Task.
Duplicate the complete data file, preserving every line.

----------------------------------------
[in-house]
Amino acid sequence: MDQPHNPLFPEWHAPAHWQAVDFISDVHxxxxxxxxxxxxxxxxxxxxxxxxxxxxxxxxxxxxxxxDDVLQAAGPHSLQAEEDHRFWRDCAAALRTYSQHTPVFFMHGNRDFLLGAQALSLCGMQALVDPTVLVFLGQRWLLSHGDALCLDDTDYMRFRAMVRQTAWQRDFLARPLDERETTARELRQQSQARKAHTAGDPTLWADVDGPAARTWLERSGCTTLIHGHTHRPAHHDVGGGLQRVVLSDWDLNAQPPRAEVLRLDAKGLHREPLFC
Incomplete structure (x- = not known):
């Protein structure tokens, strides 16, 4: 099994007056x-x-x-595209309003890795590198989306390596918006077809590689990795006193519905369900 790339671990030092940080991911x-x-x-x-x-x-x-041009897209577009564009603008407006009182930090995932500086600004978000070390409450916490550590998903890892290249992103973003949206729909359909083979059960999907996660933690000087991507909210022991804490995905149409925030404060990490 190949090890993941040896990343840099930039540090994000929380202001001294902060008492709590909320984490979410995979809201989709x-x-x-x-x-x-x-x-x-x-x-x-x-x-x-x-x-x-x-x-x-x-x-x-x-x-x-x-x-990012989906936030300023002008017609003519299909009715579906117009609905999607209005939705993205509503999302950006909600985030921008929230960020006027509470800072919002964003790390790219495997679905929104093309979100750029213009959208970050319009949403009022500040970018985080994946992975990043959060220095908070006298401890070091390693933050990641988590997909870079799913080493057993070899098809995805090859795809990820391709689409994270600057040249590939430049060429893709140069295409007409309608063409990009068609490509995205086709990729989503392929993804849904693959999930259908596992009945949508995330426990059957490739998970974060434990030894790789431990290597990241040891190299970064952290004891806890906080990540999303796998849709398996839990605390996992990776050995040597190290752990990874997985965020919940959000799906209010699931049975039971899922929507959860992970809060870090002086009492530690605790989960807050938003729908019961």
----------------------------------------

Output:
[in-house]
Amino acid sequence: MDQPHNPLFPEWHAPAHWQAVDFISDVHxxxxxxxxxxxxxxxxxxxxxxxxxxxxxxxxxxxxxxxDDVLQAAGPHSLQAEEDHRFWRDCAAALRTYSQHTPVFFMHGNRDFLLGAQALSLCGMQALVDPTVLVFLGQRWLLSHGDALCLDDTDYMRFRAMVRQTAWQRDFLARPLDERETTARELRQQSQARKAHTAGDPTLWADVDGPAARTWLERSGCTTLIHGHTHRPAHHDVGGGLQRVVLSDWDLNAQPPRAEVLRLDAKGLHREPLFC
Incomplete structure (x- = not known):
């Protein structure tokens, strides 16, 4: 099994007056x-x-x-595209309003890795590198989306390596918006077809590689990795006193519905369900 790339671990030092940080991911x-x-x-x-x-x-x-041009897209577009564009603008407006009182930090995932500086600004978000070390409450916490550590998903890892290249992103973003949206729909359909083979059960999907996660933690000087991507909210022991804490995905149409925030404060990490 190949090890993941040896990343840099930039540090994000929380202001001294902060008492709590909320984490979410995979809201989709x-x-x-x-x-x-x-x-x-x-x-x-x-x-x-x-x-x-x-x-x-x-x-x-x-x-x-x-x-990012989906936030300023002008017609003519299909009715579906117009609905999607209005939705993205509503999302950006909600985030921008929230960020006027509470800072919002964003790390790219495997679905929104093309979100750029213009959208970050319009949403009022500040970018985080994946992975990043959060220095908070006298401890070091390693933050990641988590997909870079799913080493057993070899098809995805090859795809990820391709689409994270600057040249590939430049060429893709140069295409007409309608063409990009068609490509995205086709990729989503392929993804849904693959999930259908596992009945949508995330426990059957490739998970974060434990030894790789431990290597990241040891190299970064952290004891806890906080990540999303796998849709398996839990605390996992990776050995040597190290752990990874997985965020919940959000799906209010699931049975039971899922929507959860992970809060870090002086009492530690605790989960807050938003729908019961």